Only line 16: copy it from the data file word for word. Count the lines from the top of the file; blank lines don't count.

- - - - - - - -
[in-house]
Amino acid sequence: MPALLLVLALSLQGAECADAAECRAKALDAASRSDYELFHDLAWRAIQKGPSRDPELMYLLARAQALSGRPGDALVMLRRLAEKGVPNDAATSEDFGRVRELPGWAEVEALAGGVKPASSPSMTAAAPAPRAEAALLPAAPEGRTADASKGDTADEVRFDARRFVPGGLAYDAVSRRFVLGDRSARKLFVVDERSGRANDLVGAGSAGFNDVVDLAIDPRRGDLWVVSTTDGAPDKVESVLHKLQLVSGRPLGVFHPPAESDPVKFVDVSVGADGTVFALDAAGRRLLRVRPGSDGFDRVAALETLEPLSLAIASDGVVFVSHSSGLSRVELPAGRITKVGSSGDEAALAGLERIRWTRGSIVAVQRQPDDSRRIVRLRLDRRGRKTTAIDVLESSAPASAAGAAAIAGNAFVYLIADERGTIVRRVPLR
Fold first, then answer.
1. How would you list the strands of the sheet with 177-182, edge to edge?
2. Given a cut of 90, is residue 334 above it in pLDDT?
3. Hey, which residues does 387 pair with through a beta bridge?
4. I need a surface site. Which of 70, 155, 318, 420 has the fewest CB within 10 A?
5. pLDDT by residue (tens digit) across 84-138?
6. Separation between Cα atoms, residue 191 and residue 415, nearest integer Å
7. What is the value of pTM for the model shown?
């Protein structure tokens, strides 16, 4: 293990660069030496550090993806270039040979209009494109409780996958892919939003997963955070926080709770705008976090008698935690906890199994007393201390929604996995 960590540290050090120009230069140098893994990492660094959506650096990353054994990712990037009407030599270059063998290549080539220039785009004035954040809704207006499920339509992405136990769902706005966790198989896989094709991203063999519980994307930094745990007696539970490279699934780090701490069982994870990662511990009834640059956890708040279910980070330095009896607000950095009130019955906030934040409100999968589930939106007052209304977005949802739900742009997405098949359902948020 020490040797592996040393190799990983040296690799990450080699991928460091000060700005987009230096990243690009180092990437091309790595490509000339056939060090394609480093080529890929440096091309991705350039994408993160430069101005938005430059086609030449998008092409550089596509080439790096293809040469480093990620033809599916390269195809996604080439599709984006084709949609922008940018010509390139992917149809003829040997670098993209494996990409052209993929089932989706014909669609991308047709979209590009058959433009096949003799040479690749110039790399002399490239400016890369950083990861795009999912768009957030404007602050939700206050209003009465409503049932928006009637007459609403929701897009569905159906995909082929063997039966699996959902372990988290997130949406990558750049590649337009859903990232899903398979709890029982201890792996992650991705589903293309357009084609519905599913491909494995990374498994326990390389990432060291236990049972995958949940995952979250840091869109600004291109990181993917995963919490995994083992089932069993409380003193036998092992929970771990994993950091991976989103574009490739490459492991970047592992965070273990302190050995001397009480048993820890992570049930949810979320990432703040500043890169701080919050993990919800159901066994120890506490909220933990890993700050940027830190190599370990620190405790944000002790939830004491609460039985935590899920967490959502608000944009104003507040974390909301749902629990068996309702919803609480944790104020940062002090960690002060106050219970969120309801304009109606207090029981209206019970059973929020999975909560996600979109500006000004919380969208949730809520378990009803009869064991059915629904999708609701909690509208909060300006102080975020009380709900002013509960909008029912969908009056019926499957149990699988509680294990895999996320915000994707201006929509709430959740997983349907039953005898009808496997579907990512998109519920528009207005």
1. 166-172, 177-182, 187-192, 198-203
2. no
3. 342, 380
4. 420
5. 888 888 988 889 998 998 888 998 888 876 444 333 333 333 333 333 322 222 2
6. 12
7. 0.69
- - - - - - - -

5. 888 888 988 889 998 998 888 998 888 876 444 333 333 333 333 333 322 222 2